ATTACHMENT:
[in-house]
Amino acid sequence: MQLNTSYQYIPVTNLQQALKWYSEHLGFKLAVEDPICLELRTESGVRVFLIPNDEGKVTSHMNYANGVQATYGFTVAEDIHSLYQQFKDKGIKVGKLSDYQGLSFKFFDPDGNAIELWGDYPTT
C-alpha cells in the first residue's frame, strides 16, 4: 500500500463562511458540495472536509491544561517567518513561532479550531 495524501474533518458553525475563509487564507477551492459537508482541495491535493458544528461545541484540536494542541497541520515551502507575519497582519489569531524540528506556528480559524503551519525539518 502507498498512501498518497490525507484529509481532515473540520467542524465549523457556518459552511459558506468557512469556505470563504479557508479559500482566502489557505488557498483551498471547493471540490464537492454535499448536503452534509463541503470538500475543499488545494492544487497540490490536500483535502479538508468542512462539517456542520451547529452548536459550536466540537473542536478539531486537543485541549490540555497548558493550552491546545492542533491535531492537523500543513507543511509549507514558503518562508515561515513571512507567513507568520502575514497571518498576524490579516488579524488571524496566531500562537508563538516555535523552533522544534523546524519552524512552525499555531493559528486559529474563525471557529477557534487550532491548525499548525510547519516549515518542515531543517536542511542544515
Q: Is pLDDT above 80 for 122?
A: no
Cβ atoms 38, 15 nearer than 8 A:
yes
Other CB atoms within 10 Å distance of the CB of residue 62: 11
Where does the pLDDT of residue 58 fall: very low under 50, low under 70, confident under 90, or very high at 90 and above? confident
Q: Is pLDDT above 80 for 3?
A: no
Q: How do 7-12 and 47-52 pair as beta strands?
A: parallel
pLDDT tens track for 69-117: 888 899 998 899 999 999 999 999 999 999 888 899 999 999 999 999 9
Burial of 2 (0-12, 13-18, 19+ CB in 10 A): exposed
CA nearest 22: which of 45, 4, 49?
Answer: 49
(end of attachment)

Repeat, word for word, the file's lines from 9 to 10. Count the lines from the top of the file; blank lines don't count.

Where does the pLDDT of residue 58 fall: very low under 50, low under 70, confident under 90, or very high at 90 and above? confident
Q: Is pLDDT above 80 for 3?